FMC Establishes Protocol for all Public Communications Related to Hanjin Shipping Disruptions - Federal Maritime Commission
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FMC Establishes Protocol for all Public Communications Related to Hanjin Shipping Disruptions

September 2, 2016

John K. DeCrosta, 202-523-5911 (Media & Legislative Branch)
CADRS, 1-866-448-9586 (Reporting Shipping Act Violations & Requests for Assistance)

The Federal Maritime Commission has established a protocol for communicating requests for assistance to the agency concerning developments related to the status of Hanjin Shipping.

Allegations of Shipping Act violations or requests for assistance related to retrieving or receiving cargo in transit should be communicated in writing via:


All correspondence should include “URGENT—HANJIN SHIPPING” in the subject line.

The Commission continues to monitor the operational and competitive impacts of this disruption and is particularly interested in learning of any conduct by any regulated entity that may violate the Shipping Act. Members of the shipping public are encouraged to share with the agency any specific allegations of illegal behavior.

When writing the Commission on this matter, the following information should be provided:

  1. Name (If you are assisting someone else, also provide his/her name(s) and your relationship);
  2. Company Name(s), if applicable;
  3. Contact Information and/or Representative(s) (phone, fax, address including zip code, and email, if available)
  4. Name of Person or Company with whom you are having the problem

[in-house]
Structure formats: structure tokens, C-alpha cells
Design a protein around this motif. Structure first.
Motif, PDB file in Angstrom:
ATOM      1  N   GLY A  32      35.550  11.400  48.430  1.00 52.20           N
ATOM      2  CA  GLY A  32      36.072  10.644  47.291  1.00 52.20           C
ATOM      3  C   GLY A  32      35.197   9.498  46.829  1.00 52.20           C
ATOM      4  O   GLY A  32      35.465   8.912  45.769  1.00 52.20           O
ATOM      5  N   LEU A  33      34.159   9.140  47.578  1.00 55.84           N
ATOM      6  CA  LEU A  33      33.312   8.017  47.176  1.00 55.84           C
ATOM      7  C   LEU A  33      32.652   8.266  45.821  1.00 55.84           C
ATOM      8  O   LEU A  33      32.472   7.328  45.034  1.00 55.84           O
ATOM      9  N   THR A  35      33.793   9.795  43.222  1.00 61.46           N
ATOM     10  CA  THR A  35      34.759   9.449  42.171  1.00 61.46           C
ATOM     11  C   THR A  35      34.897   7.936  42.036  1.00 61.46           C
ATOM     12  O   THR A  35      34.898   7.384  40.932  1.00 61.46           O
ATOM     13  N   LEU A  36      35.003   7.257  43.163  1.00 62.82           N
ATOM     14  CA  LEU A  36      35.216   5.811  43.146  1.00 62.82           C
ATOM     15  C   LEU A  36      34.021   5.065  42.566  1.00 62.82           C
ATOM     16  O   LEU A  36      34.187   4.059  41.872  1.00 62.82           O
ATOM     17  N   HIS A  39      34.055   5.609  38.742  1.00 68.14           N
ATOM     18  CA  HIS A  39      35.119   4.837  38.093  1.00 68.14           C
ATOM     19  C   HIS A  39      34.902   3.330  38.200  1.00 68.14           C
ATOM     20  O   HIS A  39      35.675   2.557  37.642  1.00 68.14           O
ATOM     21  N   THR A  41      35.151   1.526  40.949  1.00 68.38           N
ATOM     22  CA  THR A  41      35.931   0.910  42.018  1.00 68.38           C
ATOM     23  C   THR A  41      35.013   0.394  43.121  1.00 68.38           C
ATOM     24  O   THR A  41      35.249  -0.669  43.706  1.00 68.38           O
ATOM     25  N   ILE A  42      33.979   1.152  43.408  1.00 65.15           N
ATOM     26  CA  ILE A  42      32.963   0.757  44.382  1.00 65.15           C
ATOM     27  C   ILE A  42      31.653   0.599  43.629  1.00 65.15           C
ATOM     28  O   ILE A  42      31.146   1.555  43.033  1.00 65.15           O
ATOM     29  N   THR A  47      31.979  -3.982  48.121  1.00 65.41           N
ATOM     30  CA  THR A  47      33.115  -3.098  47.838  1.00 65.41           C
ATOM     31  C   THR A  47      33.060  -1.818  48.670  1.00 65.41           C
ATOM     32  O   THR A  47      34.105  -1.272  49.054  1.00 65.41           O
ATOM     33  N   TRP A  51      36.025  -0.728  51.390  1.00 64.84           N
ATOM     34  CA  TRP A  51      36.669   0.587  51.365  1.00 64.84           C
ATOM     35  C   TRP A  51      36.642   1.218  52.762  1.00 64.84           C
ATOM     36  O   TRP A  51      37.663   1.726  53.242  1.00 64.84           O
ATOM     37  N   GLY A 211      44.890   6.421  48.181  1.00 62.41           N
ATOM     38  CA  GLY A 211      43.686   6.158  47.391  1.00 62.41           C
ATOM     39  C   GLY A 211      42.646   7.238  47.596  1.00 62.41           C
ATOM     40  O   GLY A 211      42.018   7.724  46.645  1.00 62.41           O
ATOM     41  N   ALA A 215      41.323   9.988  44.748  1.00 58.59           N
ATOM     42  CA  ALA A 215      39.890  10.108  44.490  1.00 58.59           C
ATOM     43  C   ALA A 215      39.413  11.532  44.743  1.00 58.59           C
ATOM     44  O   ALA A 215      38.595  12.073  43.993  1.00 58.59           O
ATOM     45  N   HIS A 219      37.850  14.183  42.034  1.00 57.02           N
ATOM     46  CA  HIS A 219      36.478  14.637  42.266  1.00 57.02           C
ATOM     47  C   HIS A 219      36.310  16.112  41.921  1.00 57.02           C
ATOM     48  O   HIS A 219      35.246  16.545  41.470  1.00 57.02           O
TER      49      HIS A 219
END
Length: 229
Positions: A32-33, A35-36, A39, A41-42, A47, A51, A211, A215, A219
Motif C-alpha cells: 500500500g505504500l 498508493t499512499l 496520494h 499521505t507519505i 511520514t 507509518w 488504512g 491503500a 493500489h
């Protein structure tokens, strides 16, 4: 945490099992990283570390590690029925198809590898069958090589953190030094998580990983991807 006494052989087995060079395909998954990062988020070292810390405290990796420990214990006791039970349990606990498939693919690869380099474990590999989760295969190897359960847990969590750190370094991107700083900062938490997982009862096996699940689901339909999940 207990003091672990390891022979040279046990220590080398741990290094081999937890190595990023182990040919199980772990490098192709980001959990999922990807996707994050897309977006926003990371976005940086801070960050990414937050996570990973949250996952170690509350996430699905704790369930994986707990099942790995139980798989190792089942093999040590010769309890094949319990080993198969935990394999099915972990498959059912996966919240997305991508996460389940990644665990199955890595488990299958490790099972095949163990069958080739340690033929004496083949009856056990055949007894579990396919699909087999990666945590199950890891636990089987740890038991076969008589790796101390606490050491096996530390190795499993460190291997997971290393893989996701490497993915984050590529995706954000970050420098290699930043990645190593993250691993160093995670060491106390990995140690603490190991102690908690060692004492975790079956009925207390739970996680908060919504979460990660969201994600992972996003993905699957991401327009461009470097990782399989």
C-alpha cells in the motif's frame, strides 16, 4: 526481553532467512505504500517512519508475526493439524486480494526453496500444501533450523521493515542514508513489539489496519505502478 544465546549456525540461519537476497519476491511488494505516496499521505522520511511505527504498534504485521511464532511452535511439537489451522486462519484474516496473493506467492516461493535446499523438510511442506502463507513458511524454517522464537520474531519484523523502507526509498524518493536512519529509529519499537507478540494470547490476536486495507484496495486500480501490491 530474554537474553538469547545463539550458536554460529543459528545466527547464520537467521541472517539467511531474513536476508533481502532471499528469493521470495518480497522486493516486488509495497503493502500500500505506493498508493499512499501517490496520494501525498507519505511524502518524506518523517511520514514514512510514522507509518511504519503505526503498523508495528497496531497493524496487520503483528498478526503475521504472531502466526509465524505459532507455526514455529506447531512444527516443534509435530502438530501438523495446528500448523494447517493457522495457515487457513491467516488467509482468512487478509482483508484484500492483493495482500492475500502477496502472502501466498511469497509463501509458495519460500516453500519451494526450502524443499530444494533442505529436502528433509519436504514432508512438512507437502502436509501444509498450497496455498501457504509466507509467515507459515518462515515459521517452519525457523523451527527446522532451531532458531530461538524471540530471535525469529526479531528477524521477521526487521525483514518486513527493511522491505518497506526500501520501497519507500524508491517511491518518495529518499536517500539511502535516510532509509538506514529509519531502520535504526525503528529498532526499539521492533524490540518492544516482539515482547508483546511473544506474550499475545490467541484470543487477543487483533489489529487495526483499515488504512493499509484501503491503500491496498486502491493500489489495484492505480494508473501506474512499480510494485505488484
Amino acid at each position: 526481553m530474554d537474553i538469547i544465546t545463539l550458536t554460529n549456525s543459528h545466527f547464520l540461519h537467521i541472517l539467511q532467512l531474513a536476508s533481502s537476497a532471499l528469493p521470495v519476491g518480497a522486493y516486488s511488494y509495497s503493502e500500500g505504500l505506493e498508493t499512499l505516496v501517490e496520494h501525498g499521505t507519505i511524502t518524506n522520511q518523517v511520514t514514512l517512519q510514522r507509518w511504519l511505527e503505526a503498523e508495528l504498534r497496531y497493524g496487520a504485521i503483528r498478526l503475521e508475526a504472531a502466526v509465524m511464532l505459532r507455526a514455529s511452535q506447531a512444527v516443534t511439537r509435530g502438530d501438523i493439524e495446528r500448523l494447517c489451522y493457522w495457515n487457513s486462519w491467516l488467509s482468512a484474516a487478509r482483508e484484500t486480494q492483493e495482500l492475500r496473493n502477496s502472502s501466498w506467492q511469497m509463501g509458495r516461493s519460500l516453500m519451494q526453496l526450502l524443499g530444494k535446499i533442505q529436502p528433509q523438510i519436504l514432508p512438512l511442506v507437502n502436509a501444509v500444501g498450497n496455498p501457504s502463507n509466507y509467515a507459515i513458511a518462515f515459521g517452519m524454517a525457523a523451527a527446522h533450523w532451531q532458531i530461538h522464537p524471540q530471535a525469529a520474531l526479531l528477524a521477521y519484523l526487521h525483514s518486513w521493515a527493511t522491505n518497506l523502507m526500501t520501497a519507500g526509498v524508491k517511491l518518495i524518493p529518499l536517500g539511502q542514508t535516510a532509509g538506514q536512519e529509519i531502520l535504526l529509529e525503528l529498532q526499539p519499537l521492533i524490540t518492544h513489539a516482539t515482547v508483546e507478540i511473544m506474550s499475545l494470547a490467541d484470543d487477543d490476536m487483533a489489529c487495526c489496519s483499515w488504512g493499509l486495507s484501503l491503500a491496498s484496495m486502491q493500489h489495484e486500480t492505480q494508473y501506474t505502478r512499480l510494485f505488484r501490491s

5. Contact Information for that Company or Party, including Individual’s Name(s)

Your request should also include:

  1. A full description of the matter (including a description of any attempts already made to resolve the problem);
  2. Your desired solution;
  3. All relevant documentation (e.g., contract, bill of lading, proof of payment, bookings, Order for Service, invoice for the services, emails about the issue, dock receipts, arrival notices, invoices, terminal appointments, terminal operating hours/stoppages, etc.);
  4. A description of the cargo;
  5. The ports of origin and destination (including terminal, railramp, etc.); and
  6. The date of shipment or sailing.

Emails will be referred to the appropriate office with the Federal Maritime Commission for review and assessment of any potential agency action.

The Commission will issue further updates and guidance as circumstances develop and warrant.

The Federal Maritime Commission is responsible for regulating the Nation’s international ocean transportation for the benefit of exporters, importers, and the American consumer. The Commission’s mission is to foster a fair, efficient, and reliable international ocean transportation system while protecting the public from unfair and deceptive practices.